# Going For It

I’ve been convinced for years that football coaches are way too conservative on fourth down: instead of punting or kicking field goals, they’d be better off going for it if they have only two or three yards to go for a first down. With the notable exception of Pete Carroll, though, mostly they don’t. (And the only fourth down of Carroll’s that anyone remembers is the one that went disastrously wrong in the Rose Bowl this year. But it’s worth remembering that for the past five seasons, they mostly went right.)

Now, however, I’m happy to report (via Tyler Cowen) that David Romer of UC Berkeley has written an exhaustive analysis filled with sigma signs and subscripts that provides a quantitative answer to this burning question: exactly when should you go for it and when should you kick?

The solid line in the chart below provides the answer. At the 50-yard line, you should go for it if you have less than five yards to go. At the 40-yard line you should go for it if you have less than seven yards to go. At the 35-yard line you should go for it no matter what. Beyond the 33-yard line, as you get into field goal range, the value of kicking rises and the “critical value” necessary to go for it declines steeply (though it stays above four yards all the way to the goal line). The dashed line summarizes actual coaching decisions over the course of the study and shows that, on average, coaches go for it only if they’re past midfield and have only about two yards to go. That’s much too conservative.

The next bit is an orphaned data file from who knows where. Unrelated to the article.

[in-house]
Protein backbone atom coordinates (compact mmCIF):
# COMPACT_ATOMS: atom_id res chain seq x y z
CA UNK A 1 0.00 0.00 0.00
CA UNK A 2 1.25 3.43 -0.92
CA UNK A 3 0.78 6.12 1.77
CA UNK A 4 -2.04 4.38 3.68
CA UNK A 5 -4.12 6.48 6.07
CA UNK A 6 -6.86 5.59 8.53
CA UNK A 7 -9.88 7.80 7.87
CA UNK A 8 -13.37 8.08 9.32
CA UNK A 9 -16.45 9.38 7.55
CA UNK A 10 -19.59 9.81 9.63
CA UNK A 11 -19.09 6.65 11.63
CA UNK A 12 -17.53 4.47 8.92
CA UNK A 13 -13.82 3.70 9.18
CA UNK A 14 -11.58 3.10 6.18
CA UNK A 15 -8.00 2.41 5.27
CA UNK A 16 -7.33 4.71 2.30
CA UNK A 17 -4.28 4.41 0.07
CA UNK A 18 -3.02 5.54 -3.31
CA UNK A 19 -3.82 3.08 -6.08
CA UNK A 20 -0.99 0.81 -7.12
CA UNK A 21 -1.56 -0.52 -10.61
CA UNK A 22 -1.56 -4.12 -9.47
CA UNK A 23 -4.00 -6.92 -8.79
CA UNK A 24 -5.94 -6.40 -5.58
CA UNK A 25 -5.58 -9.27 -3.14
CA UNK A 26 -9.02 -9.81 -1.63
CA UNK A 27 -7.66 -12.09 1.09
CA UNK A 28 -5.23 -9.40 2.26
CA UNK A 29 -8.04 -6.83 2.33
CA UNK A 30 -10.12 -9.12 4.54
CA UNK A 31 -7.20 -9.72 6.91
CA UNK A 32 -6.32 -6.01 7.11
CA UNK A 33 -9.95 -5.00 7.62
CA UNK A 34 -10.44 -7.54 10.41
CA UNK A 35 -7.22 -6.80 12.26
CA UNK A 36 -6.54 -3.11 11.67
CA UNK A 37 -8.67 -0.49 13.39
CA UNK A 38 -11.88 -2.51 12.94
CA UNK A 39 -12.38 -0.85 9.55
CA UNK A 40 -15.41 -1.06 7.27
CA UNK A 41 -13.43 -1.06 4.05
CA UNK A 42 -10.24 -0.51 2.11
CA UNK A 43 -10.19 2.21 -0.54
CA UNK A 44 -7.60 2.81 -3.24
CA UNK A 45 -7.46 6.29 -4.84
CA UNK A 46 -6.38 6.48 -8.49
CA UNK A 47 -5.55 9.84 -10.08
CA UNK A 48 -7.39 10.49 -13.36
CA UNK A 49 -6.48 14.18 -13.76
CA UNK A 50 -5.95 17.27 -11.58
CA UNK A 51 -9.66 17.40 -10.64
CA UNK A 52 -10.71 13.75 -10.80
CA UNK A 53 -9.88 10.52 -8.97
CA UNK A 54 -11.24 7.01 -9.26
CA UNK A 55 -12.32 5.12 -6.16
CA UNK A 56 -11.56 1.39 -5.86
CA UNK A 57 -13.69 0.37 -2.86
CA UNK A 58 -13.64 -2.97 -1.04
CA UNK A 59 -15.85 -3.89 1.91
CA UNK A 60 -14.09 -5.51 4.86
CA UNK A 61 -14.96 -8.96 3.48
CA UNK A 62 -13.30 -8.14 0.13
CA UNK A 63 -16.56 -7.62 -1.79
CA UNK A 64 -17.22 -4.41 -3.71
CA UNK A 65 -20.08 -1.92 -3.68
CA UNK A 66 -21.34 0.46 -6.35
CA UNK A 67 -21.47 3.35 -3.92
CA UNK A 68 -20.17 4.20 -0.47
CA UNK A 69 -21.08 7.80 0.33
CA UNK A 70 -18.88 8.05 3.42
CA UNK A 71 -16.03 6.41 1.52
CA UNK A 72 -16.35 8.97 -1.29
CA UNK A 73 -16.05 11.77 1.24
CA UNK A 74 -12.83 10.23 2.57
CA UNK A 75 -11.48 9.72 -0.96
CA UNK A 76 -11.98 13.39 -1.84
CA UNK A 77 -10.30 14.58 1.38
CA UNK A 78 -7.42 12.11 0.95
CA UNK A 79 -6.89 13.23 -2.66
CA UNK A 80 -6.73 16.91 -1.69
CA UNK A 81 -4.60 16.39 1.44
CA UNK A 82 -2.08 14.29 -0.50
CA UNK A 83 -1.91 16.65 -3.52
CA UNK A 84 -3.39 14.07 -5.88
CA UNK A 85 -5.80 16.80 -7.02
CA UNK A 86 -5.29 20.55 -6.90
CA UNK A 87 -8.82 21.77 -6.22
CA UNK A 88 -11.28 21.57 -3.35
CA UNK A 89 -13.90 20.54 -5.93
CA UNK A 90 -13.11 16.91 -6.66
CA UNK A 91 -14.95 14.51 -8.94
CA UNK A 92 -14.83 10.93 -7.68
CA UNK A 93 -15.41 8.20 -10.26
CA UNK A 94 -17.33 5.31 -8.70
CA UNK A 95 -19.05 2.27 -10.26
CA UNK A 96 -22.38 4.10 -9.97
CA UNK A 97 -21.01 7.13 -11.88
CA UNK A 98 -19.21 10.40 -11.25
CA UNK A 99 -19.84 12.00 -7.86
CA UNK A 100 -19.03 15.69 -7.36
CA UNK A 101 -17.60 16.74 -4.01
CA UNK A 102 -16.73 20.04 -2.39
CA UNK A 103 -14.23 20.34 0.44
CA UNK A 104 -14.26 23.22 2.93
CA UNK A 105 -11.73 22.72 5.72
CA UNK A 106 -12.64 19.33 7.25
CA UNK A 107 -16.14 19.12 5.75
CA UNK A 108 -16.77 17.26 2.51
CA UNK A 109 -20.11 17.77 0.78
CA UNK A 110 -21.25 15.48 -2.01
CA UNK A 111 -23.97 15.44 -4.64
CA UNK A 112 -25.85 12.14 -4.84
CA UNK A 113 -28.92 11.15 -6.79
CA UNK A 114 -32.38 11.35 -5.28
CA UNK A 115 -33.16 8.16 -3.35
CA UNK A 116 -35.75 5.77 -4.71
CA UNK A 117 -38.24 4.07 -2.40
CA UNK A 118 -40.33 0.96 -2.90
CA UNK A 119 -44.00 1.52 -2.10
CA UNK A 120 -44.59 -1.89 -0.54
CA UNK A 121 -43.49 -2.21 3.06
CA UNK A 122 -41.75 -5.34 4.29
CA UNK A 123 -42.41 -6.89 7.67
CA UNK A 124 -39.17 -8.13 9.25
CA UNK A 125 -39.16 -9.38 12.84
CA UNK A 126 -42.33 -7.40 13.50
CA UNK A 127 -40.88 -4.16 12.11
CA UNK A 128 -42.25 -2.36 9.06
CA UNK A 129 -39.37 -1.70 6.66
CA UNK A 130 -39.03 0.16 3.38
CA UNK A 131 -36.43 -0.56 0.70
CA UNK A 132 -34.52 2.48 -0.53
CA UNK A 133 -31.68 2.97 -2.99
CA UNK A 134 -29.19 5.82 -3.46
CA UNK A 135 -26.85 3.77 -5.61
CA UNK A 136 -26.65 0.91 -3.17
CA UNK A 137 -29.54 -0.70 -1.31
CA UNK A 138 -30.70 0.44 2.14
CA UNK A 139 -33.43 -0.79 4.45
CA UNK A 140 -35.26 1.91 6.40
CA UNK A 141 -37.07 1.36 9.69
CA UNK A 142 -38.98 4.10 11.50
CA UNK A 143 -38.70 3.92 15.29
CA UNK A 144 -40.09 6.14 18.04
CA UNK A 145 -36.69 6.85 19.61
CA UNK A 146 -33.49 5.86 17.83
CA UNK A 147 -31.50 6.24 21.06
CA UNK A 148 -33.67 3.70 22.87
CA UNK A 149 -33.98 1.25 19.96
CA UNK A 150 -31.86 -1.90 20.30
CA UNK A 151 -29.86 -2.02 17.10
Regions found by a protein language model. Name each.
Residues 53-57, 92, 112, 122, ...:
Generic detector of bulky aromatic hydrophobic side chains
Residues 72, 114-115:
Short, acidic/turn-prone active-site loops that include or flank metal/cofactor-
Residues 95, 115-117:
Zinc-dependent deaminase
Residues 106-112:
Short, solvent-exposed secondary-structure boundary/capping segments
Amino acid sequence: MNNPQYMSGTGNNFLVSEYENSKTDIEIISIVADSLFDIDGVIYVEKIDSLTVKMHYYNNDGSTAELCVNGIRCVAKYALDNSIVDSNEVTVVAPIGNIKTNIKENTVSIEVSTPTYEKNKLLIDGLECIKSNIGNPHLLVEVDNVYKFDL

Romer’s analysis accounts for the probability of making a first down and then going on to score; the likely field position of your opponent depending on whether you kick or not; the likelihood of making a field goal; and a whole variety of other factors. Read the whole thing if you want to argue with him.

But the bottom line is simple: always go for it if you have less than three or four yards to go. Past midfield, you should go for it even in higher yardage situations until you get into field goal range. But even then, you should go for it if you have less then three or four yards to go.

In other words, Pete Carroll is a smart guy. It was LenDale White’s fault that USC lost the Rose Bowl.